Insomnia, meaning “no sleep” in Latin is common to all people, often starting as children or teens. Short term insomnia is usually related to emotional stress such as school or job stress, financial stress, marital or relationship stress, or grief. It can also be caused by abrupt changes in sleep schedules such as with travel, or with work or school shift change. Short term insomnia usually resolves by itself as the initial problem goes away. Aids to help include keeping a regular sleep schedule, avoiding caffeine for six hours before bedtime, afternoon exercise, and having an emotional wind down time for 30 minutes before bedtime. This includes avoiding TV and computer games. Reading is good. Alcohol within 2-3 hours before bedtime makes insomnia worse, not better, and should be avoided. Over the counter sleeping medications may be of some benefit and mostly consist of anti-histamines. Benadryl would be the least expensive and of moderate benefit. As with all drugs, there may be side effects including excessive sleepiness the next morning, and mental confusion or memory problems. See medication warnings.
Long term insomnia is a more serious problem. It frequently starts as short term insomnia but becomes long term due to persistence of the initiating problem such as stress, compounded by the development of personal habits which actually worsen the problem. This includes worrying about not being able to sleep, clock watching, and bedtime sleep rituals. Long term insomnia is often associated with other disorders including anxiety and depression. It may in part be related to other medical problems including heart and lung disease and chronic pain conditions. Some medications can make insomnia worse. Occasionally, other sleep disorders such as sleep apnea or narcolepsy masquerade as insomnia. Diagnosis depends on a good sleep history and sleep diary (sleep times for 1 week). Occasionally blood tests or sleep tests may be recommended, but are not required for most cases of insomnia. Treatment usually involves a combination of factors including:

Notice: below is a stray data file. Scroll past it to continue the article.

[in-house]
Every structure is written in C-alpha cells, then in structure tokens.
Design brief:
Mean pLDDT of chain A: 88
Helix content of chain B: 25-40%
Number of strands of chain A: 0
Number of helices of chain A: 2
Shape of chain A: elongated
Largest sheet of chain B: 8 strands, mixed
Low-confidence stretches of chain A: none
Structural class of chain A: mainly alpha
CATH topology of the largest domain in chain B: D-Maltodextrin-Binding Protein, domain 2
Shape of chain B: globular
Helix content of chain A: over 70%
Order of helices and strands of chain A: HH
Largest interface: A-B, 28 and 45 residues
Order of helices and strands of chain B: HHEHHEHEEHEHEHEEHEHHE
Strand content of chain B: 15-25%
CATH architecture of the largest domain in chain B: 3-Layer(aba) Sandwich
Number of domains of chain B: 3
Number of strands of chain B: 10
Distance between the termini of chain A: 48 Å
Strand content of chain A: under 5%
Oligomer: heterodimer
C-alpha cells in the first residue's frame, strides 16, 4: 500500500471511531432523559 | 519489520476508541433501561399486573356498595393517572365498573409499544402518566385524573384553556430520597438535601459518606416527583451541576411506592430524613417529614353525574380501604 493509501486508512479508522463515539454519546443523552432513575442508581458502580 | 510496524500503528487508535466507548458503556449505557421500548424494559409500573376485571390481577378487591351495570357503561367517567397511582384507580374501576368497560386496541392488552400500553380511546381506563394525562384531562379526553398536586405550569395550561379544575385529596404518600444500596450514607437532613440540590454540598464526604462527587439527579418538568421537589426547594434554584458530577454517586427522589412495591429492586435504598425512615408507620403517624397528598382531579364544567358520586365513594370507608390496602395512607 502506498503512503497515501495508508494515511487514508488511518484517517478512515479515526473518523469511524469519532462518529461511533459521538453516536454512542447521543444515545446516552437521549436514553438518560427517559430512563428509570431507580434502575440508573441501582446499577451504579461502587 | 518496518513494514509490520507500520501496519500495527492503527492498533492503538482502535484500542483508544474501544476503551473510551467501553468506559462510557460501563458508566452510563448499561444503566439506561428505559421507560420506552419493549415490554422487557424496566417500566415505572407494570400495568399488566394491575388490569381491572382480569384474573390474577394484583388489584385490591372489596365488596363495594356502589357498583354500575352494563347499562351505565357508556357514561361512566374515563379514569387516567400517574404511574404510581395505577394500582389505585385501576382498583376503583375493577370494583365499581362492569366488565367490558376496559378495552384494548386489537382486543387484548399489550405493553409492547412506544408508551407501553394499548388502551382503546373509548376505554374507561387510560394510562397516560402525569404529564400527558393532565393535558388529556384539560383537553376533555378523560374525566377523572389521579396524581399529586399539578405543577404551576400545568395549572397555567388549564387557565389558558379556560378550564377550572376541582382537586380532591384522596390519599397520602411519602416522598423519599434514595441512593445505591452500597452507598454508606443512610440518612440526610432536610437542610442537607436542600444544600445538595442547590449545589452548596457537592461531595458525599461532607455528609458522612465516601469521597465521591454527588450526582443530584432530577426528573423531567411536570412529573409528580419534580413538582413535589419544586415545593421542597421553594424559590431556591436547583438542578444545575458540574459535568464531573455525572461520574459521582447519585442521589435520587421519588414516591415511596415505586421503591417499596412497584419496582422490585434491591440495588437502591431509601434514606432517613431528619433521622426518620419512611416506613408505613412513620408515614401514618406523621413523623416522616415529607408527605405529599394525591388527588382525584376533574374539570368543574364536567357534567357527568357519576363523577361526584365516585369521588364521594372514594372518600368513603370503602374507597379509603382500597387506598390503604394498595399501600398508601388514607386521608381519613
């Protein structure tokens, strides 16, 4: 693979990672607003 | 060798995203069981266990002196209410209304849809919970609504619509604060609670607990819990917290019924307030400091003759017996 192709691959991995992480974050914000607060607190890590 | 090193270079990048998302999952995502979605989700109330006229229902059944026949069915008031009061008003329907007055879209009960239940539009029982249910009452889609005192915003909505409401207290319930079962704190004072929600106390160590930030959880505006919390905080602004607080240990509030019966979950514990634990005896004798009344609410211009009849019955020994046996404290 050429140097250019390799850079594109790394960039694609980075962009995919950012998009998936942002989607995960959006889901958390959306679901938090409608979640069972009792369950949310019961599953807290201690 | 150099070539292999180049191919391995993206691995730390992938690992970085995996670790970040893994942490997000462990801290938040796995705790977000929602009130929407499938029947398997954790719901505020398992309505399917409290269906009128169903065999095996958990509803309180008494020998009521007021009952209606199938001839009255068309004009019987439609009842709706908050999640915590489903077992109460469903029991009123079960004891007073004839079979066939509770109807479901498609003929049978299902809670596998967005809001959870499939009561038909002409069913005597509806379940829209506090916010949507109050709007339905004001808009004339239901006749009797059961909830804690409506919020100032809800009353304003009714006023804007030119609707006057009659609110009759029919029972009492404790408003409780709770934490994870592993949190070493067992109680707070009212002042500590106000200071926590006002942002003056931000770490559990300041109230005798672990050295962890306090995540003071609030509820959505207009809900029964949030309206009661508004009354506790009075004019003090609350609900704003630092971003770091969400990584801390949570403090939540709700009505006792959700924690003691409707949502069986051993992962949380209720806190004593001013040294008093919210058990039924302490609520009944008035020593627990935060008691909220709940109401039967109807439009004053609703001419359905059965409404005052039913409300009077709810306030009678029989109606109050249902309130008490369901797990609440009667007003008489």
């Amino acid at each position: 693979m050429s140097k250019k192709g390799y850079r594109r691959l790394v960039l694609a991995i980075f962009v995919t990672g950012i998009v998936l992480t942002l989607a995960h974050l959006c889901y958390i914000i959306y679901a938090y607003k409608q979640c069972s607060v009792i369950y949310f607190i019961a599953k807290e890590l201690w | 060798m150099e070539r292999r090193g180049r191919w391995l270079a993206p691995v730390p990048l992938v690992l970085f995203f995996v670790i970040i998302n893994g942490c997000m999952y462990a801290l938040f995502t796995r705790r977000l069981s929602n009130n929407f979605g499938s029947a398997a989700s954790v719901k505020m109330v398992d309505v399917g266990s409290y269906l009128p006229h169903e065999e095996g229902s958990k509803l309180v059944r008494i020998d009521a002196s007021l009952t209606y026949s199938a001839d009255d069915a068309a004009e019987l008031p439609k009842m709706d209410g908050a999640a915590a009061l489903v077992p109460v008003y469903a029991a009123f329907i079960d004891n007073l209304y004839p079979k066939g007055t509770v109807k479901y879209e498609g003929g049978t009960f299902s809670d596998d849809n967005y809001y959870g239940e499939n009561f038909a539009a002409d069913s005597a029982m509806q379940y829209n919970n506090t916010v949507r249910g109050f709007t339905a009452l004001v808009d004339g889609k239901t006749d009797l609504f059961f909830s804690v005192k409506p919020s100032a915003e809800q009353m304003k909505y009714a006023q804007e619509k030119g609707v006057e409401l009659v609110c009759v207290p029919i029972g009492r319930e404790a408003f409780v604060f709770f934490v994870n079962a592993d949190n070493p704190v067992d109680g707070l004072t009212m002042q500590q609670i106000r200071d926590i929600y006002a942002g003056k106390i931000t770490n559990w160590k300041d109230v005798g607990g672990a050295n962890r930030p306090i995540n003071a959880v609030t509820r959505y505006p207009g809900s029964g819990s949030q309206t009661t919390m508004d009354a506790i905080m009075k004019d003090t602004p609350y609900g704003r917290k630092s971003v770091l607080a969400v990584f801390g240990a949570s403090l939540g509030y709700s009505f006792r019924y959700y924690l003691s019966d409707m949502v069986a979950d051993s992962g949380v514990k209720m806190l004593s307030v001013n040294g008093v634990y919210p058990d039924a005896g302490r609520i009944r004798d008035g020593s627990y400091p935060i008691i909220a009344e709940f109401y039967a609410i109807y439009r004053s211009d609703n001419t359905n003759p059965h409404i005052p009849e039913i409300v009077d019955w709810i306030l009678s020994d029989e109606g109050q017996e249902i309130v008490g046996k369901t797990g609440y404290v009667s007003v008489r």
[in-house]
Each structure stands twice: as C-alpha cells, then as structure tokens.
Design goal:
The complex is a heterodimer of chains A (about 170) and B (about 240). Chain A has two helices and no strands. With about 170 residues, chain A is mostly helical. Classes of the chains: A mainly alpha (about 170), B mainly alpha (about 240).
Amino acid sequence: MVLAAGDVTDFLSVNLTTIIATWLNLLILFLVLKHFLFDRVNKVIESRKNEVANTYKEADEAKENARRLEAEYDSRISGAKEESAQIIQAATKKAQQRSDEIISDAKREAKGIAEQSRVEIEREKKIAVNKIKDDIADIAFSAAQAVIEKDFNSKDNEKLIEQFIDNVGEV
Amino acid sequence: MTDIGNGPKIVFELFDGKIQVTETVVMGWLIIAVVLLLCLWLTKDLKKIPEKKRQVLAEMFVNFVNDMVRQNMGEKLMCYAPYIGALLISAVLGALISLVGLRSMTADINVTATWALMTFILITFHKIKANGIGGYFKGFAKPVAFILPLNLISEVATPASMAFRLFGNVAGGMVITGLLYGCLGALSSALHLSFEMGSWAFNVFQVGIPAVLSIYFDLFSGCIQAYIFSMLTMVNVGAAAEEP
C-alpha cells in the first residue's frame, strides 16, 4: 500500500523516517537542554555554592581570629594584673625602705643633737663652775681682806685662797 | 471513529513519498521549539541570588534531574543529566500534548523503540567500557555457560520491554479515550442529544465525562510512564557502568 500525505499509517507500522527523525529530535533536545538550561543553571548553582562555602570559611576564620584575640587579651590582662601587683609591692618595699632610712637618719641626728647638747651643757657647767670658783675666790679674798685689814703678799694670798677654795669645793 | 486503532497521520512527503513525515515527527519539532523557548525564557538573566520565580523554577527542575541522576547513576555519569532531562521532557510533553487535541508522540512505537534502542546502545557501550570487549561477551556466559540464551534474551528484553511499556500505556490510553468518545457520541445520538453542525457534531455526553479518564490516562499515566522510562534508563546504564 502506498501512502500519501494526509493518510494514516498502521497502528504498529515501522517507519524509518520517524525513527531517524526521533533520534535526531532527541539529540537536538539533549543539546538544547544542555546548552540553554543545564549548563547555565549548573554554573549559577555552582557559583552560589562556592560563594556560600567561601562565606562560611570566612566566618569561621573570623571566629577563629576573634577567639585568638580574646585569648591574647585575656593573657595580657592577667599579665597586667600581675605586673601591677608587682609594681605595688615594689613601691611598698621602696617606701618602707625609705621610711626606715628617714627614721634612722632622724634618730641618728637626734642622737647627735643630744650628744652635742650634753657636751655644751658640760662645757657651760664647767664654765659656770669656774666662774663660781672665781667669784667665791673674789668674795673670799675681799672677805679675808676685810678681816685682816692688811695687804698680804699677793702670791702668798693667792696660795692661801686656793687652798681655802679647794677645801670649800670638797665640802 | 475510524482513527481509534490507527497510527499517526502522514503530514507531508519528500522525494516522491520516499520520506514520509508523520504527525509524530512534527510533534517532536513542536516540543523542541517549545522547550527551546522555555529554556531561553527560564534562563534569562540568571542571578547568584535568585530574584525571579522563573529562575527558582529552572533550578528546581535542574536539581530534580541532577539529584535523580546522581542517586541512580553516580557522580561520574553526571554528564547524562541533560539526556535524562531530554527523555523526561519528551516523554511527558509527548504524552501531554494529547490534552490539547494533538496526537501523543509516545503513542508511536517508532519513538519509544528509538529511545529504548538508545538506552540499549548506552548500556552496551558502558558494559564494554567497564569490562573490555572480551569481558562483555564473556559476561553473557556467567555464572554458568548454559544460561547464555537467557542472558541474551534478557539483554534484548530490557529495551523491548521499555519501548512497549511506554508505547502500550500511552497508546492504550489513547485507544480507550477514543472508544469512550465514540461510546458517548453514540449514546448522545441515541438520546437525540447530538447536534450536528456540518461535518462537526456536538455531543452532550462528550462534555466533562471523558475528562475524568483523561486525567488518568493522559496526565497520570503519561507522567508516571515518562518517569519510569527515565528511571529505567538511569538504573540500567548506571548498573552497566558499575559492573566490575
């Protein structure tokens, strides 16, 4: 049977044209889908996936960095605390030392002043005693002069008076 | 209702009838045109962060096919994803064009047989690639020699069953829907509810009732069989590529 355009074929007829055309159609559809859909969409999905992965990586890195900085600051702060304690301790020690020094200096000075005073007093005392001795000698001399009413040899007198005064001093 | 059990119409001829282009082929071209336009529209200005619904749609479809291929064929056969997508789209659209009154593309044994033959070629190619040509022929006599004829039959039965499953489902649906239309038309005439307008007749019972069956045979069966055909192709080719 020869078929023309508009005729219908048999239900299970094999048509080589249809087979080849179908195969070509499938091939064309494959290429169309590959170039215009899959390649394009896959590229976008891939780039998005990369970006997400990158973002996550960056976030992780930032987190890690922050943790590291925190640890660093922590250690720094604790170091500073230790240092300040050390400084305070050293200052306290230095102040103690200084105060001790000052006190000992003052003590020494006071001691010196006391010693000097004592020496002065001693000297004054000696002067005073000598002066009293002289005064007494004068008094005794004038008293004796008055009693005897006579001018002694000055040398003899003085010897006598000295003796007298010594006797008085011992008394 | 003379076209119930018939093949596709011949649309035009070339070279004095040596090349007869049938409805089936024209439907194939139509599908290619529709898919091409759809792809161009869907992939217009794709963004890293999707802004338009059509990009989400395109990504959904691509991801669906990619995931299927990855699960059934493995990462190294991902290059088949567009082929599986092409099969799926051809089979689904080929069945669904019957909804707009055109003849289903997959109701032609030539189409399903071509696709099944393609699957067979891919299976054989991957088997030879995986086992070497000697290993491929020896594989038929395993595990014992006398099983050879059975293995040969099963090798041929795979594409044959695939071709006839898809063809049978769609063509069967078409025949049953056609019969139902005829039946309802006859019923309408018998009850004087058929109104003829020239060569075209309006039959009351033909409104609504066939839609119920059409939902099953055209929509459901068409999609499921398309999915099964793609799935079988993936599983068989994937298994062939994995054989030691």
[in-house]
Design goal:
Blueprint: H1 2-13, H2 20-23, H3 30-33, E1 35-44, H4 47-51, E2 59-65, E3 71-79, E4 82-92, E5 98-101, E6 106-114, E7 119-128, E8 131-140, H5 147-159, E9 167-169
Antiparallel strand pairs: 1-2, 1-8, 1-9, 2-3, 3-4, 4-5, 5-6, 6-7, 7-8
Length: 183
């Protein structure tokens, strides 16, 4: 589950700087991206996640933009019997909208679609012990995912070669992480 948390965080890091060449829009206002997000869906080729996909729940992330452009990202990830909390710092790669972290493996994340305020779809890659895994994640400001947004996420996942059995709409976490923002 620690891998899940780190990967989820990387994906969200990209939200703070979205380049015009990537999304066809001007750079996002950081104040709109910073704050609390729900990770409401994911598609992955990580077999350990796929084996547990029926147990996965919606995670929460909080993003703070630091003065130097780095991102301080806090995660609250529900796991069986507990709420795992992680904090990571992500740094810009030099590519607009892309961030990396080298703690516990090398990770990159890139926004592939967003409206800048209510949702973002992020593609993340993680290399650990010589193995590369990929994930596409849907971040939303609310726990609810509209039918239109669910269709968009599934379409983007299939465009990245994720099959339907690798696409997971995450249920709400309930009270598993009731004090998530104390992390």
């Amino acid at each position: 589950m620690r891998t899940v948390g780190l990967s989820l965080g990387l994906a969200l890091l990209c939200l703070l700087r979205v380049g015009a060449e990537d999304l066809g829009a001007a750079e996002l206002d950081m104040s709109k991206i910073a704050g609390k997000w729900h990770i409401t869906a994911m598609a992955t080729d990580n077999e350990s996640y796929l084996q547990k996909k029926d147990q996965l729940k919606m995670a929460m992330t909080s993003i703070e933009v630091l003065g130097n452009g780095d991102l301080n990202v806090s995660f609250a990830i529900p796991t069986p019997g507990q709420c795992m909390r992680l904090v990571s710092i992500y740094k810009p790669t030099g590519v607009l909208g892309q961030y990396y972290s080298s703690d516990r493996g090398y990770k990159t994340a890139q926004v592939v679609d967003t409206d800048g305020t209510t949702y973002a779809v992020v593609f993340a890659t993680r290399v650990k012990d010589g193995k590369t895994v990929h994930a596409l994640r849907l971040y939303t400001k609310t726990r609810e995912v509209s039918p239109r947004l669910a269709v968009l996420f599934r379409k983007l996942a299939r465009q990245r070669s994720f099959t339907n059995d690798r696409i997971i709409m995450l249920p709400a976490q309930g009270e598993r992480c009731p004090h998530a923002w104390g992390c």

1. Good sleep hygiene and a regular sleep schedule;
2. Avoidance of foods or drugs which may worsen sleep;
3. Treatment of underlying health problems including depression and anxiety;
4. Relaxation and stress training;
5. Correction of myths about insomnia and resolution of fear of insomnia; and finally
6. Medications to aid sleep.
Sleep medications are called hypnotics. Older medications have been shown to have problems with dependency and withdrawal side effects, and do not promote normal sleep. Some of the newer medications can improve sleep quality and have been shown in recent studies to retain long term effectiveness without development of dependency. Withdrawal side effects, or dose escalation. A physician’s help is often needed for long term insomnia treatment. A psychiatric or sleep specialist consult may be beneficial at times.
Recommended Web Sites:
National Heart, Lung, and Blood Institute
National Institutes of Health
Facts about Insomnia
National Sleep Foundation